We have blogged before with interview tips and do’s and don’ts, but for those that missed it, here are our top tips on what not to do if you want to land your dream job.

  1. Don’t be late – We shouldn’t really need to tell you this as everyone knows this is probably one of the worst things you can do;  first impressions and all that.  So do whatever it takes to arrive in plenty of time, even if that means being ridiculously early and going and grabbing a coffee somewhere to prepare. That leads me on to the next point…
  1. Not being prepared! There really is no excuse for this, the internet is a wonderful thing and there is literally nothing you can’t find on it, company size, organisation charts, company turnover and most importantly a companies ethos. Remember they will ask you questions based on it, so do your homework.  And please, please, please, remember the name of who is interviewing you!  Sound silly, well in one episode of the above mentioned programme the interviewer asked “what’s my name” to which the interviewee replied “err, ooh I’m sure I know it, I’m not very good and retaining information”… Really!!!
  1. Don’t underestimate the power of body language – after all it is telling the interviewer a story of its very own! I bet your mum told you to sit up straight and not swing on your chair, and she was right! You need to look interested and engaged not lazy and uninterested. Enter with a smile, a firm (but not aggressive) handshake and maintain steady eye contact, and watch for how they are reacting to you, as they are giving off signals too.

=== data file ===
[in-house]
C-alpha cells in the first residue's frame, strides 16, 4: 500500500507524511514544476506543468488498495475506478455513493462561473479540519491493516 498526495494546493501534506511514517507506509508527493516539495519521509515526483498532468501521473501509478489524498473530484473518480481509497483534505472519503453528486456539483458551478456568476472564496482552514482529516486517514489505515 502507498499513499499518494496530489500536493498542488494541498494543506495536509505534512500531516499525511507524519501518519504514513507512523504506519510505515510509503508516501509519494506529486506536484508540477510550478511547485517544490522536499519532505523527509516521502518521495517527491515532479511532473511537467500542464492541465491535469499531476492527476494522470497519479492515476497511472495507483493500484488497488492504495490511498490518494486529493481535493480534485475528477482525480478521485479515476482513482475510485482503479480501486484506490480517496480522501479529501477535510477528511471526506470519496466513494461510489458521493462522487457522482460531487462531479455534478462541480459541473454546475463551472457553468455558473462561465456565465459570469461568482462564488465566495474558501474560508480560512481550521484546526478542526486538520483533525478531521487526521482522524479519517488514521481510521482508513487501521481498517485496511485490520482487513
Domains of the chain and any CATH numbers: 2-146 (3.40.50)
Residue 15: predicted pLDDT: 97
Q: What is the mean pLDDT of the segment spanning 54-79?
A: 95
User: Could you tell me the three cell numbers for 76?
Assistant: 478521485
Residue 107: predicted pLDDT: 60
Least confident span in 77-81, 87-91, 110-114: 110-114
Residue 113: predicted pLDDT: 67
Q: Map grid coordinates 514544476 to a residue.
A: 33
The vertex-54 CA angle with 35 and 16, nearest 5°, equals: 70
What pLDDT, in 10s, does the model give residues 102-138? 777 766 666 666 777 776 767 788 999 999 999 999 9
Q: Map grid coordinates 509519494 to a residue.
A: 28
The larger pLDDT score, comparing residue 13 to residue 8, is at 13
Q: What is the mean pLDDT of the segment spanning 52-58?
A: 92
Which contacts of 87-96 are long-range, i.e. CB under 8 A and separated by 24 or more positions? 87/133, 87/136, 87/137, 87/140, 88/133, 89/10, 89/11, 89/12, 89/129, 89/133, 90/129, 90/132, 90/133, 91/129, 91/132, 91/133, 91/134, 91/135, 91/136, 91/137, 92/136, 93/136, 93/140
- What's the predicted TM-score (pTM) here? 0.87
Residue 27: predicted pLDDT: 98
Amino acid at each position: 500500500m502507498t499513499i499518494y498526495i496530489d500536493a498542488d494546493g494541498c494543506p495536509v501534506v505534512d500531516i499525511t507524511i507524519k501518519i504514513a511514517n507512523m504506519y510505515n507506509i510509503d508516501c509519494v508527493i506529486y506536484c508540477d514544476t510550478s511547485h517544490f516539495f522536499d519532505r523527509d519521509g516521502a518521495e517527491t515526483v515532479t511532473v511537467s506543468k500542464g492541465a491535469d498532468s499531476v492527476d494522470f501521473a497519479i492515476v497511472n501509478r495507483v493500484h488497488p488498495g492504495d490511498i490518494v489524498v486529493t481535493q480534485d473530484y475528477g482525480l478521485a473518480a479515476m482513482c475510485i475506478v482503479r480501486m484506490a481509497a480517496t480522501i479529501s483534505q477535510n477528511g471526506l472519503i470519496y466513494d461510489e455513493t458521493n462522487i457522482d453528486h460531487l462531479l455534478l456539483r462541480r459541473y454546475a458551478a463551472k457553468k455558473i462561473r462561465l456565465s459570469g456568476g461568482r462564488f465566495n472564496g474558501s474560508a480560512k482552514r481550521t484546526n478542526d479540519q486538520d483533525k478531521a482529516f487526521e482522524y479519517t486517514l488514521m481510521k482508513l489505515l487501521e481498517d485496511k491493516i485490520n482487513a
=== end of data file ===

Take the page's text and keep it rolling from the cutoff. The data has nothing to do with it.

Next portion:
1. Don’t tell porkies! Of course you want to showcase yourself, but remember to do this based on the skills you have and not those you don’t. For example, don’t tell them you are fluent in French when really you scraped a C in your GCSE, how embarrassing would it be when they strike up a conversation and all you can manage is Oui Oui mon petit fleur! The chances are if you land the job you will be asked to demonstrate these wonderful skills and if they aren’t quite as true as you have said, well you’re going to look a bit silly aren’t you?!?!
  1. Don’t go on and on and on and … oh you get the picture. Keep your answers short and relevant and know the point you are trying to make, if you just ramble on for the sake of saying something, the interviewer will quickly switch off and you will forget what you were answering in the first place. Preparation before the interview will help you have some answers ready prepared, allowing you to speak clearly with confidence.
  1. Don’t be rude… Like I tell my kids, pay attention when someone is talking to you! Checking your watch or your phone constantly is just not acceptable behaviour. And just think about the way you are talking and how it is coming across; don’t interrupt and be argumentative if you don’t agree with something just listen and formulate your response appropriately.
  1. Don’t insult or criticise your current employer. It really is not professional to talk about how rubbish your boss is, what they do wrong or why you hate them so just don’t do it. If they ask you why you are looking to move jobs, talk about the positives of the new position or career progression, not about how you can’t wait to get out where you are “cos it does your head in!”.